Benefits of Student Publications
I wouldn’t be a good editor and blogger today if I hadn’t been on the staffs of my high school news magazine or their literary and art publications. In the face of more rigorous graduation requirements and budget cuts, I’ve watched those publications struggle to survive. I don’t want student publications to die because they’ve helped so many students, including myself. Student publications give students the chance to exercise their writing, reading, and artistic skills, to explore careers, and to have a voice in their school.
Student publications can be surprisingly academic pursuits even if they don’t result from typical classroom lectures. Writing news stories, editorials, works of fiction, creative essays, and poems exercises writing skills. By gaining information through research and interviews, young writers become more adept at research and interpersonal communication. I for one decreased my shyness because I had to interview strangers. Students may feel more motivated to write these kinds of pieces well because they’re something besides academic essays and because they know their peers will read them. Students should be writing for audiences besides teachers, after all, because they’ll write for more varied audiences throughout their life.
Writing isn’t the only skill students develop from working for student publications. Editors and readers enhance their ability to read and critique different types of text. Those who design the publication and edit the photos enhance their creativity, problem-solving skills, and computer skills. It’s not easy to figure out how to make the material you have fit into a specified number of pages. The ability to convey information visually is valuable, so illustrators also gain worthwhile experience. If students have a hand in advertising and budgeting, they practice math and business skills. On top of these skills, the staff will develop teamwork skills while having more fun than they might in doing a group science project.
I’ve already mentioned a few careers that students can explore while working on publications: writer, editor, and illustrator. Students can also get a taste of photography, graphic design, or marketing. Those who discover their dream career while working on a student publication can attain that career more easily because of the experience they gain. Student publications aren’t merely training grounds for journalists.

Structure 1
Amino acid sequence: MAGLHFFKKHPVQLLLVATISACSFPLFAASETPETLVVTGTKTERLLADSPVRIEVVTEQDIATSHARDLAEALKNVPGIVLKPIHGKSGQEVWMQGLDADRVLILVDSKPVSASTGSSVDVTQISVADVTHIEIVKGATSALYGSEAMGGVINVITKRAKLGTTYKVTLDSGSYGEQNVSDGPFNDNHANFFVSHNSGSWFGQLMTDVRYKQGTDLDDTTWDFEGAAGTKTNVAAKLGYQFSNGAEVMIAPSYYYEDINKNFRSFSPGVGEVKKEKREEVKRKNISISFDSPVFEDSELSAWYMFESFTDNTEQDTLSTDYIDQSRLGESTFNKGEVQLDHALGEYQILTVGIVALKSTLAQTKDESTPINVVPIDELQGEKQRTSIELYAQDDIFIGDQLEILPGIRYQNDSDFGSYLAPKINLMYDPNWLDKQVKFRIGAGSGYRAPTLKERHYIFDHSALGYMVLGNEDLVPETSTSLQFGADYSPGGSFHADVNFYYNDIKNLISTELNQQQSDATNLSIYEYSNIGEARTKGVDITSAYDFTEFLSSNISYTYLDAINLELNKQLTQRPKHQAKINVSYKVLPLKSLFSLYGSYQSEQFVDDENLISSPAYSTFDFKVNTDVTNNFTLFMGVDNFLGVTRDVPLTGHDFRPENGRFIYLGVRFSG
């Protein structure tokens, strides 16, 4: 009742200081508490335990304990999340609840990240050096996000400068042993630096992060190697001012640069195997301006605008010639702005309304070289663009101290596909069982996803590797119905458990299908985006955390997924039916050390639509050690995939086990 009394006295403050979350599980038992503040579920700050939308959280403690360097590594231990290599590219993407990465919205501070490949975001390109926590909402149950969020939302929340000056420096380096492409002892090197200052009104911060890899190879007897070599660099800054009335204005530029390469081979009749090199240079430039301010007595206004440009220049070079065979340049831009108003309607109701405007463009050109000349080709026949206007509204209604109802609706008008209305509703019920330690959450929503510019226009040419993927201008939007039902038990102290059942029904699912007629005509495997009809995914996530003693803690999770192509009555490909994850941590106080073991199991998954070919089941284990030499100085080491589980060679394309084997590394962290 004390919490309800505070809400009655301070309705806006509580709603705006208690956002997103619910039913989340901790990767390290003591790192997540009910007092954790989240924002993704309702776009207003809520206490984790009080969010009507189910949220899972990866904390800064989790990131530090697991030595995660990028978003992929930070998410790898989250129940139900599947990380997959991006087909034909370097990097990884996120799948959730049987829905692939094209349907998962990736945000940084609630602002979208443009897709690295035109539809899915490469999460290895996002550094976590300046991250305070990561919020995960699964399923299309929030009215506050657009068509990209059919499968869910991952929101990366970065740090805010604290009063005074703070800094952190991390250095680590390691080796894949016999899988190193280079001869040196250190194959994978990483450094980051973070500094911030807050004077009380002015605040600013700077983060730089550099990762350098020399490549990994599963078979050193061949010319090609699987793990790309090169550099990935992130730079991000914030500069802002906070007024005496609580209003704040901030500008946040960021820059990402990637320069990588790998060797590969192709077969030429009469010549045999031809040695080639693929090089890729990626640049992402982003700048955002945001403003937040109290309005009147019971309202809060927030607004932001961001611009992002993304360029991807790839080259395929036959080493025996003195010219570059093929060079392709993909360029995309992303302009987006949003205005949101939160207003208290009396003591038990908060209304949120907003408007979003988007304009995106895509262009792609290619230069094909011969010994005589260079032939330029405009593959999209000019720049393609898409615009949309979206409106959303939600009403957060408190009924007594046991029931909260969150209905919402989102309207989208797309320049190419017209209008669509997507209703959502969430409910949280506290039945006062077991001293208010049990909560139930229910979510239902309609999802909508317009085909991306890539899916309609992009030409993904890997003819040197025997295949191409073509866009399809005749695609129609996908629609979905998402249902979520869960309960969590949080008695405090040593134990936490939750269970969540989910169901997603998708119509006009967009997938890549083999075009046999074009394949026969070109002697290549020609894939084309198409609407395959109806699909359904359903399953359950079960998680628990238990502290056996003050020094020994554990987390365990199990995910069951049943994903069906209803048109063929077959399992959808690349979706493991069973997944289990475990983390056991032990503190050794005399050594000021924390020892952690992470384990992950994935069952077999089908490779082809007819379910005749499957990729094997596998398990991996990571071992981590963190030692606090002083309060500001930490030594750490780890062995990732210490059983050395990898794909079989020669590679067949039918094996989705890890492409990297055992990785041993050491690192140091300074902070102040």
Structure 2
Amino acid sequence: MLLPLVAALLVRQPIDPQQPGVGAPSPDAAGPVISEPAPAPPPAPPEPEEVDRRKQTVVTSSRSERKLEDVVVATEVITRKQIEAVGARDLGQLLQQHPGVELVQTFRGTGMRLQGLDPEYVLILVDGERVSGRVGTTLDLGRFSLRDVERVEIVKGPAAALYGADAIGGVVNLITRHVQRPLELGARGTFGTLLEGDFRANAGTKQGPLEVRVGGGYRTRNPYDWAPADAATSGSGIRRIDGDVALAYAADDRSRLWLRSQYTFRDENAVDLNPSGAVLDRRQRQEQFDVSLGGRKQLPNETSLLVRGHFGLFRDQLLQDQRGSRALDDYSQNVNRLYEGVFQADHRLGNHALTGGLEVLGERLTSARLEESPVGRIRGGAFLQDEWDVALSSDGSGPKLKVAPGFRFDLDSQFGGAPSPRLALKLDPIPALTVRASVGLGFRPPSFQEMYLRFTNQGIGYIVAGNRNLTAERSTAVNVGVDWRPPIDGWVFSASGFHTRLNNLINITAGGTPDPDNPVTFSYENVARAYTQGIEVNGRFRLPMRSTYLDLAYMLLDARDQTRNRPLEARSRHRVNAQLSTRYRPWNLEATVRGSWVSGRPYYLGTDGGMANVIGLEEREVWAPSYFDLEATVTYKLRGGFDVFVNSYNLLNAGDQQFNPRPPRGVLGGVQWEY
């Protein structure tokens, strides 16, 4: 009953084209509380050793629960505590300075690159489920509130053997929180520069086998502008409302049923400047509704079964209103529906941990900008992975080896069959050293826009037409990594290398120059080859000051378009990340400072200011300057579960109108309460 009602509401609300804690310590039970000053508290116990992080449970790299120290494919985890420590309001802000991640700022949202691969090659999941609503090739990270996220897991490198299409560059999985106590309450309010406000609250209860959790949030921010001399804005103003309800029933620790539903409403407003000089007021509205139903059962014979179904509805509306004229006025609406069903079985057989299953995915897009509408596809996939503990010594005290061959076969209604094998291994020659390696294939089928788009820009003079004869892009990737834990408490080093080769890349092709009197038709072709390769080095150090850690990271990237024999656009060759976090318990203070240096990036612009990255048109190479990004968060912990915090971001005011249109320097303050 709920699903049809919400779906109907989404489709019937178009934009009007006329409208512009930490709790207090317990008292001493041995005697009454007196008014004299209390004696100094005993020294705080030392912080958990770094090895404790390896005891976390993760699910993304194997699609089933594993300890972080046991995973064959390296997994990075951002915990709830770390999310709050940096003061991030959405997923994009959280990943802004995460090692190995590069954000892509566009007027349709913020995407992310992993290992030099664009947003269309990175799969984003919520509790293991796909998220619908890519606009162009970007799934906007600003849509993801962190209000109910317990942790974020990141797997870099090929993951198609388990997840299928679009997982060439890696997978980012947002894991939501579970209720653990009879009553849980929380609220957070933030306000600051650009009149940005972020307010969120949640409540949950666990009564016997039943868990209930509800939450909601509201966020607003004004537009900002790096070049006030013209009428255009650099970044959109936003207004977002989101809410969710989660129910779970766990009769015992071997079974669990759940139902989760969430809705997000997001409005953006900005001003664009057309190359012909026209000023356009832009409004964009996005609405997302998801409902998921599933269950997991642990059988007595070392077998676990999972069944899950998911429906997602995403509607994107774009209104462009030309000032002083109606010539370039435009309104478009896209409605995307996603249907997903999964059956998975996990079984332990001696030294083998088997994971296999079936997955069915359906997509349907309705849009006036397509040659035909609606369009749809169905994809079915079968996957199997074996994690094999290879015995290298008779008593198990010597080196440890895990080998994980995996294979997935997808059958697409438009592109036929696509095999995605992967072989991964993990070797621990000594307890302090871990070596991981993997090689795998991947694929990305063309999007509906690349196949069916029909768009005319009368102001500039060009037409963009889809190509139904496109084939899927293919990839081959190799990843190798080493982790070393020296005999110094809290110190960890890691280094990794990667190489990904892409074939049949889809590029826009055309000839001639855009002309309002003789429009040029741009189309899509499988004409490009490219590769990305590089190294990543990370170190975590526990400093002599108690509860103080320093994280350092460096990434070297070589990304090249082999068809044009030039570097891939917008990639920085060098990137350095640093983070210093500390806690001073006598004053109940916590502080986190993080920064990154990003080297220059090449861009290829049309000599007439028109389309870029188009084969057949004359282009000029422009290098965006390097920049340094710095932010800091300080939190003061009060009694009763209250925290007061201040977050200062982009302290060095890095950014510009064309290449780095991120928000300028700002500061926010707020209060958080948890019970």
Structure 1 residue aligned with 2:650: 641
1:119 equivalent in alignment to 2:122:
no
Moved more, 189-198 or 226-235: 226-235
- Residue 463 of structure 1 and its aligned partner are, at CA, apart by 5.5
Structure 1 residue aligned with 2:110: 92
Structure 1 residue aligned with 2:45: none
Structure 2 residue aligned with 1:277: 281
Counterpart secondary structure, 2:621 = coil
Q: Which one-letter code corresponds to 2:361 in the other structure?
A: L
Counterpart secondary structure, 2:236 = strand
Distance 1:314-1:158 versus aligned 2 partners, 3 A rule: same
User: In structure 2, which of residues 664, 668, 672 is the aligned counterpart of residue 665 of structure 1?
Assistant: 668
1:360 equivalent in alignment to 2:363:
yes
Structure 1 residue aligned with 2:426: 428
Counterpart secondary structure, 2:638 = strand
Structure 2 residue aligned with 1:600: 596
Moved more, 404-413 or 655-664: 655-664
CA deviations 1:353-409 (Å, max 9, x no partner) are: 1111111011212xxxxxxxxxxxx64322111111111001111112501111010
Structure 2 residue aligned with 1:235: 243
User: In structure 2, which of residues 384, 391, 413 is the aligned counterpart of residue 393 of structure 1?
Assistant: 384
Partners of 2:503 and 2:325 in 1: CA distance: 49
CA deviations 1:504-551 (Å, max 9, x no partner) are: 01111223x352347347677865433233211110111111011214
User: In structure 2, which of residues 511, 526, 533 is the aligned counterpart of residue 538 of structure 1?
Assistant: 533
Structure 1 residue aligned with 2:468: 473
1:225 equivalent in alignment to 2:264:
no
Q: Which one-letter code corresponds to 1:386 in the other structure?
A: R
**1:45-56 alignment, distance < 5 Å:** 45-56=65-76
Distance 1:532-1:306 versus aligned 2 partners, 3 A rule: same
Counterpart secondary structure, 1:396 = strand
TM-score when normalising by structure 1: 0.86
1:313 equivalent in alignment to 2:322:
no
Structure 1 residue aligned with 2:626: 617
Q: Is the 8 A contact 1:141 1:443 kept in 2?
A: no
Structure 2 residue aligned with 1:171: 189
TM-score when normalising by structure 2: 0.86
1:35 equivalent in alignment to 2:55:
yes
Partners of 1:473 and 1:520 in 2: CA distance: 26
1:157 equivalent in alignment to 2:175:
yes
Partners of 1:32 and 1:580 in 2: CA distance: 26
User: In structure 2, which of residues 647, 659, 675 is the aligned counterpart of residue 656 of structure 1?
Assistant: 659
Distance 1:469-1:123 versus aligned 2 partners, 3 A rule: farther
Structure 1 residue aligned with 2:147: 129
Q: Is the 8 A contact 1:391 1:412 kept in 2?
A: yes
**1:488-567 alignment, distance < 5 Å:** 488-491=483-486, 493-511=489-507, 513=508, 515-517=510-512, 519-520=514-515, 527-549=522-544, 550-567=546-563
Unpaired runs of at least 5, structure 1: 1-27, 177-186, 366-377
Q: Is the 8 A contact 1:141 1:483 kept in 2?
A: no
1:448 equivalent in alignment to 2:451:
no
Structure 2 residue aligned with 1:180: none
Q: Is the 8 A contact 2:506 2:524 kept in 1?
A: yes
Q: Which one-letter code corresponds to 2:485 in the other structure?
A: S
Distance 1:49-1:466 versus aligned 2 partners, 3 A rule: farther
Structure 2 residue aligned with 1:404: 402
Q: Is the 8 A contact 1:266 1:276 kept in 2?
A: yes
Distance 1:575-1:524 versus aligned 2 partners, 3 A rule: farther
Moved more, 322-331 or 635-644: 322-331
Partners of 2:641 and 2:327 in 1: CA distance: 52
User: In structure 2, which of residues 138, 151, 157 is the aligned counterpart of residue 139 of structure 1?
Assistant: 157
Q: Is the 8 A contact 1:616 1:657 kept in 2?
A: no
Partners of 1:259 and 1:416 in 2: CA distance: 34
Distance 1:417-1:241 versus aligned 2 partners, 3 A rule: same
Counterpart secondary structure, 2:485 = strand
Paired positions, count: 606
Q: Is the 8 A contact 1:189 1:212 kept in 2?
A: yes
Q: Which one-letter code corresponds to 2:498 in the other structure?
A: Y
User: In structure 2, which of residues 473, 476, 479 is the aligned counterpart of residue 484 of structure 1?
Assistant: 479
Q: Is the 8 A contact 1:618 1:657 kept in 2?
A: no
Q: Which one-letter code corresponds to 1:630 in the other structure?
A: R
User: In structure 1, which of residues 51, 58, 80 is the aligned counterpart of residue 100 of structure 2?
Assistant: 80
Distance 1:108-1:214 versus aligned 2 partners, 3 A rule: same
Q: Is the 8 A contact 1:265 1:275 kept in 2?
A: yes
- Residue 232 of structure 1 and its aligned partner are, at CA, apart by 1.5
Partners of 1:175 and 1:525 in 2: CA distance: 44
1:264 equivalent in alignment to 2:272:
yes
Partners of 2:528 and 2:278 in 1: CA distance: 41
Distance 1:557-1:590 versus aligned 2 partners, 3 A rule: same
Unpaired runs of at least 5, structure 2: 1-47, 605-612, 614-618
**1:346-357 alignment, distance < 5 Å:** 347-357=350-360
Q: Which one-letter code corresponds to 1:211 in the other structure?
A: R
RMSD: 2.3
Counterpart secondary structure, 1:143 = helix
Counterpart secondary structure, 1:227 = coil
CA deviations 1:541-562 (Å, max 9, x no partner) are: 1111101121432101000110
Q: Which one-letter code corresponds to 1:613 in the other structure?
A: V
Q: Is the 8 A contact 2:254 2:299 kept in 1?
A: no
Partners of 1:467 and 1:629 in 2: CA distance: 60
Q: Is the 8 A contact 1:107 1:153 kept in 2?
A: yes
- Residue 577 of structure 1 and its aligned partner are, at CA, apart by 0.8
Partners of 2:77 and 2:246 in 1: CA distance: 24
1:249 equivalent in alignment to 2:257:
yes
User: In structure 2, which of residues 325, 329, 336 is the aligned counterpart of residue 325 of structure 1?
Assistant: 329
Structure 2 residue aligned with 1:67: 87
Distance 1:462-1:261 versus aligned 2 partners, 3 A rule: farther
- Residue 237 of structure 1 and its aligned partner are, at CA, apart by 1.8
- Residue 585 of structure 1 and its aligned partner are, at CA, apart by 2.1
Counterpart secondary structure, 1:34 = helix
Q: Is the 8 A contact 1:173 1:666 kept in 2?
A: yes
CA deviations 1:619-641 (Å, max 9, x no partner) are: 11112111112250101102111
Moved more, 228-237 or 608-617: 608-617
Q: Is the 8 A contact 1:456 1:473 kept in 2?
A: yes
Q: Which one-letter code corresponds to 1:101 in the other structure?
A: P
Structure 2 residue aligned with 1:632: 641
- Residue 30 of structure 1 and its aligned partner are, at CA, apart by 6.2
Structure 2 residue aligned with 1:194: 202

Have a Voice
A few staff members of my high school student publications sometimes misbehaved in class, but their behavior probably would’ve been worse if they hadn’t had these creative outlets and ways to express their strong opinions without endangering their grades. Columnists criticized flawed school policies but usually offered viable solutions. Poets, frustrated by strict English assignments, got to write and get feedback on their work. Through news stories, students who participated in triathlons to benefit charity, battled serious illnesses, or were recruited for college athletics programs received recognition. Everyone in the school and community members who subscribed to the publications could respond to what they read through letters to the editor, facilitating communication throughout the school. Student publications give young people a strong voice that they likely don’t have outside school.
I owe my first high school job (contributing writer, the Flint Journal) and college job (staff reporter, Central Michigan Life), to some of the assignments I received in English classes, but more to my experiences with student publications. Every high school should have publications. They can supplement and enhance what classes teach while preparing students for careers and providing a creative outlet.
Photo: leighklotz, Flickr Creative Commons
About Darla Word
I'm a writing tutor and editor from Michigan. My favorite subject to write about is writing because making better writers is my calling. I also enjoy reading, singing, swimming, and cardmaking.